New year, new look for BBC 2012 online
For the latest in our occasional series of guest blogs, here's the man without whom the BBC 2012 site wouldn't be what it is. Mark Coyle, who runs our 2012 online operation, explains what's changing about it as we get closer to the year's big events.
Out with the old and in with the new - welcome to the new-look BBC 2012 site.
Our site launched in July 2010 with the purpose of showcasing the BBC's online, television and radio content arising from the London Olympic and Paralympic Games.
We've tweaked a few things since then but now, with the arrival of 2012 and the pace increasing by the day, we're going for the line with a bold new design.
The main section is made up of three rotating panels in which we'll highlight a wide range of items drawn from right across the BBC.
That means news, sport, drama, arts, culture, comedy, will all find its way onto the site. You might come looking for a story about the Olympic torch relay and be hooked by one of the plays being produced as part of the BBC's Shakespeare season.
It doesn't stop there. Our colleagues in Children's, in the World Service, on the Proms, on Radio 1's big Hackney weekend and a whole lot more, are all working on content and programmes that will be highlighted on BBC 2012.
We had a lively discussion about how to summarise 2012 in just a few words. After a while, we settled on "One extraordinary year" because that's what it is, regardless of whether or not you think it's "extraordinary" for positive or negative reasons.
Those words will appear on the site as our strapline in a couple of weeks' time, along with one or two other small changes. We think they catch the spirit of 2012 - if you agree or see it differently, feel free to comment below.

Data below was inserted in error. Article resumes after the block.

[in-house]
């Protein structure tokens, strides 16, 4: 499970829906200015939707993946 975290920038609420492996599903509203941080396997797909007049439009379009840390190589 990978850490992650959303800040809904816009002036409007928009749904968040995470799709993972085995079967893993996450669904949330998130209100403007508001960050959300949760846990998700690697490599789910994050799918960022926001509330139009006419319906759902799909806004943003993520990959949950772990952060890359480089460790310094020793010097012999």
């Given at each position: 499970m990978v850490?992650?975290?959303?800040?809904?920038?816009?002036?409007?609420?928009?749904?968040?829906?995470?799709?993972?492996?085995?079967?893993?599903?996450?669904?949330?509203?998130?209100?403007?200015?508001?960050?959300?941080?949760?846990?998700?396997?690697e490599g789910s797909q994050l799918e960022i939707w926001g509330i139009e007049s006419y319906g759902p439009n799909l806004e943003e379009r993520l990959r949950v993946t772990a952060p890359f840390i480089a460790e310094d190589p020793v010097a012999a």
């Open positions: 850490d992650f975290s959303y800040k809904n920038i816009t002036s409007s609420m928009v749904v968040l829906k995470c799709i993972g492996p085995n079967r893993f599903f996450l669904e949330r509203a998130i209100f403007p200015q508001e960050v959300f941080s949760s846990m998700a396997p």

The main content area uses three rotating panels and has different layouts
Sticking with the rotating area of the site, this is where the big moments will be played out. We have the option to change the layout of the first panel you see when you arrive on the site, in order to give greater prominence to a significant news story or another major piece of content.
Our special feature about the Olympic Route Network and the human stories behind it is a good example of what we mean by the Olympics being about a whole lot more than sport and we've presented it in a layout which is one rung above the standard one.
We have one more layout on top of that which we'll keep for the really big occasions such as the ceremonies, the blue riband sporting finals, a major music festival or a really important news item.
Below this area you'll find a variety of content. It's worth flagging up the area to the bottom right in which we'll put links to other websites' 2012-related coverage.
We want our site to be a place where we can tell as much of the 2012 story as possible. The BBC has a growing breadth of output but it can't - and shouldn't - be doing everything.
Other broadcasters and newspapers are producing some really great material and this area allows us to select solid and significant items with each of the links clearly attributed to the source.
We have some more changes in store as we head towards the Games themselves.
Between now and then, we'll have a section dedicated to the BBC's London 2012 Festival offering. It'll draw together the swathe of activity across our television, radio and online output in the form of live coverage, video and audio clips, background stories, some great still pictures and cast interviews.
We're working with our colleagues on the BBC's Things to Do website to help assemble activities related to our broadcasts that are local to you and in which you can participate.
And that word, "participate" is very much something we think millions will want to do when the Olympic Torch Relay gets under way at Land's End on 19 May.
Our site will show you the way to our innovative live and on demand coverage right across the 70 days of the relay as it winds its way around the UK, to Ireland and the Channel Islands, before ending in the Olympic Stadium on 27 July.
Alongside our London 2012 Festival and torch relay coverage, we'll be providing you with tailored information from the BBC Weather Centre and our travel experts.
"Do I need sun screen or an umbrella today?" We hope our site will help you to answer that question, as well as giving you a snapshot of travel conditions around the Olympic venues.
And of course, you'll want information about the torch relay while you're on the move so we're working on mobile optimised versions of those pages.
A version of BBC 2012 for mobiles will be also available.
It really is "One extraordinary year". As always, let us know what you think.